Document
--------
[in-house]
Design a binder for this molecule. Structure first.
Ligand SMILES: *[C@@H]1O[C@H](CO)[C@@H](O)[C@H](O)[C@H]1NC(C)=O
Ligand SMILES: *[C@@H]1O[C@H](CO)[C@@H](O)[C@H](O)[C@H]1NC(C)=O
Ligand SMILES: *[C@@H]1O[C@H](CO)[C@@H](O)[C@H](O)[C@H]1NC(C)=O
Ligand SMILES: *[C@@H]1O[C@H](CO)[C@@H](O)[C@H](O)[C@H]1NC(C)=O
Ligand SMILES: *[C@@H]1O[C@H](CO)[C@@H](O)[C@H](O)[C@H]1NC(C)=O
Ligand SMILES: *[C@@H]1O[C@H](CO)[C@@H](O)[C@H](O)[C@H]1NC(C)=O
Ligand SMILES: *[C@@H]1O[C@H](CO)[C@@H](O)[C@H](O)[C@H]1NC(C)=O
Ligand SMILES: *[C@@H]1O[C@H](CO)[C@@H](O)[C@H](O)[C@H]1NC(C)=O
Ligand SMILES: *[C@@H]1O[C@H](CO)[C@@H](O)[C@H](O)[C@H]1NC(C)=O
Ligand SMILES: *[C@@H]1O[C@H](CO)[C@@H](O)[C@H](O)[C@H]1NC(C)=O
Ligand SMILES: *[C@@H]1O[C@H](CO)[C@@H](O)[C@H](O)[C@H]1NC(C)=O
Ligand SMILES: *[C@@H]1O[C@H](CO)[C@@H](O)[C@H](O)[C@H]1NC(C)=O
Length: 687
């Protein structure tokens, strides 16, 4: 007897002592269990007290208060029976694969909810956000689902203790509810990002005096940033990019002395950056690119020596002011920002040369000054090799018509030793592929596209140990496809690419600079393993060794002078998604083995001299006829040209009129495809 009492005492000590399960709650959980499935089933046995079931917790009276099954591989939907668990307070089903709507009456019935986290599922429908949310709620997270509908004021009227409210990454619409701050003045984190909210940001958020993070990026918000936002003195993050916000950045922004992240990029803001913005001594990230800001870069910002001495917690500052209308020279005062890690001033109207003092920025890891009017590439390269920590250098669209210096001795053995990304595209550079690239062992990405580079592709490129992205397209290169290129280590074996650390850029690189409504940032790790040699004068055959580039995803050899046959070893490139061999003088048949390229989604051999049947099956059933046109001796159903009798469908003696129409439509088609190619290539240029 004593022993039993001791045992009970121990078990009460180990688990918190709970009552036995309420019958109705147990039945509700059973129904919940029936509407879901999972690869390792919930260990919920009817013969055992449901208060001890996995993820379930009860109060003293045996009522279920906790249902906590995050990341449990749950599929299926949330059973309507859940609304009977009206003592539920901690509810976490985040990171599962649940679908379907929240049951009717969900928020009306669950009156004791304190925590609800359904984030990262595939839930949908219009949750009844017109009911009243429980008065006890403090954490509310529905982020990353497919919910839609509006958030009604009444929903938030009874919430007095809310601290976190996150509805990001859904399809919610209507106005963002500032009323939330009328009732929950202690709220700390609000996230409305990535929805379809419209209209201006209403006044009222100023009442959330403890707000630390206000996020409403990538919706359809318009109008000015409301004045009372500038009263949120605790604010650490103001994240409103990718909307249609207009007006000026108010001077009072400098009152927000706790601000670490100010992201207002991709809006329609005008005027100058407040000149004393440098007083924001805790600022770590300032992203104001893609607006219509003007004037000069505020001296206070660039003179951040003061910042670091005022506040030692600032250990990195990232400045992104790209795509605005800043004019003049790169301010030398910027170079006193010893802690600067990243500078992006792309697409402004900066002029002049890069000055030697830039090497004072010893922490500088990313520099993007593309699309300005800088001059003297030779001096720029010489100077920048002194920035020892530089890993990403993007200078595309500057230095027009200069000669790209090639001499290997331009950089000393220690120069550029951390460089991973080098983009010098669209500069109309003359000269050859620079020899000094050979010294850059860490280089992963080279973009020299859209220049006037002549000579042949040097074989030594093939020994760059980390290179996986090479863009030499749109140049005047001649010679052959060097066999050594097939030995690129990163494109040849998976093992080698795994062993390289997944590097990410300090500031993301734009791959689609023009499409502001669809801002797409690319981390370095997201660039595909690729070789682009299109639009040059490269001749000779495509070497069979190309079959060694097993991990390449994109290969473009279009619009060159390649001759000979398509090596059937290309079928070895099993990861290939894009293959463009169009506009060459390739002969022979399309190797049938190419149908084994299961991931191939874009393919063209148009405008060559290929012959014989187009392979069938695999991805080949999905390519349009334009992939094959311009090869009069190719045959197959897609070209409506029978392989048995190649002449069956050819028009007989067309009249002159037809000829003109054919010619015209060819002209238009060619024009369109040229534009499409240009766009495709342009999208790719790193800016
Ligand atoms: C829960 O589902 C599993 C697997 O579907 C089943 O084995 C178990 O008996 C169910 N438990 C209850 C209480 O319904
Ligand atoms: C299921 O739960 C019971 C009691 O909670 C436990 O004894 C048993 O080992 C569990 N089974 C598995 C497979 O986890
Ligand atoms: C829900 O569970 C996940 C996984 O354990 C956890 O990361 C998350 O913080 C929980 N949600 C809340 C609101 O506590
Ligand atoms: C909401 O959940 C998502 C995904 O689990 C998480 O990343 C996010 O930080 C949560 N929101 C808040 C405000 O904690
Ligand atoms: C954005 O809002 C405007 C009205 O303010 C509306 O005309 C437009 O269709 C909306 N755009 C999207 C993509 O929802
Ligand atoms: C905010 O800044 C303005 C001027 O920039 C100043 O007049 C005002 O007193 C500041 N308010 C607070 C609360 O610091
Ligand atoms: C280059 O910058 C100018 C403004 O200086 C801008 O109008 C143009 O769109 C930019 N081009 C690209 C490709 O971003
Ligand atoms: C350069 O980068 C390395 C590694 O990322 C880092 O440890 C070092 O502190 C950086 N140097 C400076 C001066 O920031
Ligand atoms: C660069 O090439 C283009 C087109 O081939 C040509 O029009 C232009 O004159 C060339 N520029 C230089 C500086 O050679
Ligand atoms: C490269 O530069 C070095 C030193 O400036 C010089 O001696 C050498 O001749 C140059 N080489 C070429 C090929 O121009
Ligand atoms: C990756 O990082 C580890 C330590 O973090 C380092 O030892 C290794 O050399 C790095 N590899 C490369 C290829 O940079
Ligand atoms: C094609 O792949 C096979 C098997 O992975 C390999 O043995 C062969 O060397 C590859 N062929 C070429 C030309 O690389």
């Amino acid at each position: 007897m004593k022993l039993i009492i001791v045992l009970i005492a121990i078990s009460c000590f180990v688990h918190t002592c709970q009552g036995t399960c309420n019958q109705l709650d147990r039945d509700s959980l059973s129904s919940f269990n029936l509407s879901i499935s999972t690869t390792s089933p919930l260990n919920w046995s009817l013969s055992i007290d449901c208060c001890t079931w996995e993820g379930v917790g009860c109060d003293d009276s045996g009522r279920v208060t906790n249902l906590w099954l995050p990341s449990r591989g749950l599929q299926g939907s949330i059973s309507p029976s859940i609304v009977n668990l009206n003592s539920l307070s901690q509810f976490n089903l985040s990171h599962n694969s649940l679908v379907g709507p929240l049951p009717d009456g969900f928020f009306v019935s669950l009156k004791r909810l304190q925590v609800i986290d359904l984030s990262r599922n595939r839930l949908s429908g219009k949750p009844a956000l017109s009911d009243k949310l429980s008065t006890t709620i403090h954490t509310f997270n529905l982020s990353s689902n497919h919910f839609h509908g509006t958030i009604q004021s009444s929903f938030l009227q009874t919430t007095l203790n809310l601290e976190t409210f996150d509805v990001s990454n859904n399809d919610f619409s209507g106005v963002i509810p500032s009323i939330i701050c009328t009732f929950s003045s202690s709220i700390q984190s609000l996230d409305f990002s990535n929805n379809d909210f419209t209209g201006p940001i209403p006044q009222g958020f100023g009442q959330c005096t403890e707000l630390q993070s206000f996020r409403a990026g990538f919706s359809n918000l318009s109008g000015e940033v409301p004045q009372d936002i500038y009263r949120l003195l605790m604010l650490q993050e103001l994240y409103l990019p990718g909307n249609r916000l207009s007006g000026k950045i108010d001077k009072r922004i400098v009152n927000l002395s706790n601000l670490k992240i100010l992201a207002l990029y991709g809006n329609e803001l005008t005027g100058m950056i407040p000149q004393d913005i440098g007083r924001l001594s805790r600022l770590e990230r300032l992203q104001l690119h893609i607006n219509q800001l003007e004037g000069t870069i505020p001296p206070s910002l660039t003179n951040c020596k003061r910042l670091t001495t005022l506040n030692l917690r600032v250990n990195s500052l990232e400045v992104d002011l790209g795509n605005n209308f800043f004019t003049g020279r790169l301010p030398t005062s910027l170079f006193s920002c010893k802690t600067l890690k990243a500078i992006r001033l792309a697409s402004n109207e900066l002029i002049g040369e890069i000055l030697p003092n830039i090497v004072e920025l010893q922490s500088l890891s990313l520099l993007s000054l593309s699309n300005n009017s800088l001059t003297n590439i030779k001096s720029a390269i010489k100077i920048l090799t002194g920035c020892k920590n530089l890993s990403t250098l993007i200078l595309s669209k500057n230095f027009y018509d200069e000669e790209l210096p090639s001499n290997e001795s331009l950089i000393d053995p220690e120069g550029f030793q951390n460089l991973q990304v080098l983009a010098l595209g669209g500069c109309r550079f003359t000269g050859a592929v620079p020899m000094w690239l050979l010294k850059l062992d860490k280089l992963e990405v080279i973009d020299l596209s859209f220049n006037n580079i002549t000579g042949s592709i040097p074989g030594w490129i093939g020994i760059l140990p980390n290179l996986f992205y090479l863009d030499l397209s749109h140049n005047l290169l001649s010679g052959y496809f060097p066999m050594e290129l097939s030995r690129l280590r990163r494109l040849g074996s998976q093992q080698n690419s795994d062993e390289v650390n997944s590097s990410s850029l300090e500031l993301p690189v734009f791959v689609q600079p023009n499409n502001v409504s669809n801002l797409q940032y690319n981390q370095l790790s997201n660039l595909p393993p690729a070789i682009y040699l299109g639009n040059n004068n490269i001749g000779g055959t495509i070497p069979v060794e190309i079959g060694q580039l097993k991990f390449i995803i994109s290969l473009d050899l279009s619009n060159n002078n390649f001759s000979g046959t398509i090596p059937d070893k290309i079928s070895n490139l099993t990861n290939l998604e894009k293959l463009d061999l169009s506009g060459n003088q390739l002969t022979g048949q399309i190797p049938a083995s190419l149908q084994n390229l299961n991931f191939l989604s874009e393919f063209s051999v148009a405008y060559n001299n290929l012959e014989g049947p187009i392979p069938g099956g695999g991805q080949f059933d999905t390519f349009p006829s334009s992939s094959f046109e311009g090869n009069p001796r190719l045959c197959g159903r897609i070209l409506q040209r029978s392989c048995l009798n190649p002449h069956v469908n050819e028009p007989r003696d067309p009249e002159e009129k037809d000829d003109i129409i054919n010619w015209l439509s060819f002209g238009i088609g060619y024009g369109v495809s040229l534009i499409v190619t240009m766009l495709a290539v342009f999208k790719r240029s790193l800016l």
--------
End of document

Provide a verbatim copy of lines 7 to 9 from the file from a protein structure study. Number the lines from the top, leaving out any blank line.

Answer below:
Ligand SMILES: *[C@@H]1O[C@H](CO)[C@@H](O)[C@H](O)[C@H]1NC(C)=O
Ligand SMILES: *[C@@H]1O[C@H](CO)[C@@H](O)[C@H](O)[C@H]1NC(C)=O
Ligand SMILES: *[C@@H]1O[C@H](CO)[C@@H](O)[C@H](O)[C@H]1NC(C)=O